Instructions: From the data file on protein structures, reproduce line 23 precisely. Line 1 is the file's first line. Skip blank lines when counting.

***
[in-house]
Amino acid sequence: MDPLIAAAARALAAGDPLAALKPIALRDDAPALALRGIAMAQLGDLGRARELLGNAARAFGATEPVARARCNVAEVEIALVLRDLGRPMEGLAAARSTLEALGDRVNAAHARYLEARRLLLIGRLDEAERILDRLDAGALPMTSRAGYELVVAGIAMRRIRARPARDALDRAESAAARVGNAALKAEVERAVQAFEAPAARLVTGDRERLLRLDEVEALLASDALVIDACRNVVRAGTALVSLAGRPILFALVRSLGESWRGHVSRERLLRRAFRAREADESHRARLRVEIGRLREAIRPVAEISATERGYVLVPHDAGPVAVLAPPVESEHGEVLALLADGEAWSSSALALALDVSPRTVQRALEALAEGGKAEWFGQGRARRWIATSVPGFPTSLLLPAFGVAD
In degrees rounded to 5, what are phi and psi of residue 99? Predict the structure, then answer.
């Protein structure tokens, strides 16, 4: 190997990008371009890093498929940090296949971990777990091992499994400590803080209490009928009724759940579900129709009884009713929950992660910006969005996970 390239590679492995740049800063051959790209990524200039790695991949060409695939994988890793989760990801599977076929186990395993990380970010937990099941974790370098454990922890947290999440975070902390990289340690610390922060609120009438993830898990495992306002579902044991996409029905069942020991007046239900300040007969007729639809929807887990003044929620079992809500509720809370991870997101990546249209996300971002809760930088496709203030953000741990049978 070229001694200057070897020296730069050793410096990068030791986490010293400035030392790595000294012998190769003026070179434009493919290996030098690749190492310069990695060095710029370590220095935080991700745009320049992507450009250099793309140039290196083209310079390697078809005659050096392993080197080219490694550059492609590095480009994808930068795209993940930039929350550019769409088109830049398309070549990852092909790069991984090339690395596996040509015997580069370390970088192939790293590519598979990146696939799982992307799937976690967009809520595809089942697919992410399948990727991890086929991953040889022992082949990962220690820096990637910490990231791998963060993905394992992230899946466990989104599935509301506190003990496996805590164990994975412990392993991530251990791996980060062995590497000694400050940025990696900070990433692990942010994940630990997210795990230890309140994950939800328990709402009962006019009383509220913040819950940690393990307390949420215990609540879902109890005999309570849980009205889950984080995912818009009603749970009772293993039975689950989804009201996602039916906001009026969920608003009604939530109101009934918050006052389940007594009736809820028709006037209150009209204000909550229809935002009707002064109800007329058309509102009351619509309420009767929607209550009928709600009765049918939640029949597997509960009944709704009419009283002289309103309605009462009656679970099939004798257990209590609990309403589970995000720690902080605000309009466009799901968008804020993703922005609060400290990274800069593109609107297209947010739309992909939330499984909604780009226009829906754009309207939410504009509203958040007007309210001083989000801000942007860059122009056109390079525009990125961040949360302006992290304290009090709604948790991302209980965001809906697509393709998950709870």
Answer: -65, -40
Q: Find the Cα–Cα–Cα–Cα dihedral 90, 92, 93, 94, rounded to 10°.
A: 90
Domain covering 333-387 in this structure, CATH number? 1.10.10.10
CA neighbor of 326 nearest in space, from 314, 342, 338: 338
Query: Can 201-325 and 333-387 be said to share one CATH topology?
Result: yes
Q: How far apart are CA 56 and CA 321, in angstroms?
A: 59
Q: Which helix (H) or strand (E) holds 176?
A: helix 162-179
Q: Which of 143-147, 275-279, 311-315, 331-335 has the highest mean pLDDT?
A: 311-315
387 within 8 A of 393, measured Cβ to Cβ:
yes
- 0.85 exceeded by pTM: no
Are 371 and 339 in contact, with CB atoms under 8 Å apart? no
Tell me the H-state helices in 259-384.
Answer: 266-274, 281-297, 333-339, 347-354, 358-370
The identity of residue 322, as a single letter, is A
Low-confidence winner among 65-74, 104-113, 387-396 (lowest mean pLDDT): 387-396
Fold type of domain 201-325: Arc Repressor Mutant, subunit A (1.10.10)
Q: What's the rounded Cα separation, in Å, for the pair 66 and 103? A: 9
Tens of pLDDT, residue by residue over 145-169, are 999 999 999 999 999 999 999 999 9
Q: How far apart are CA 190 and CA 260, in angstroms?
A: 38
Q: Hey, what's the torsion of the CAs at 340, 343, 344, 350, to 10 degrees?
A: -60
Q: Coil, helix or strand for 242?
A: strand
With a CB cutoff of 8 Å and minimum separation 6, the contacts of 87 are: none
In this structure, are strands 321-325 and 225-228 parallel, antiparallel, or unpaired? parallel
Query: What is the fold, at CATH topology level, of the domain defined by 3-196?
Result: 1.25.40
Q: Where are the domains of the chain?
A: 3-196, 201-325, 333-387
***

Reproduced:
Answer: 266-274, 281-297, 333-339, 347-354, 358-370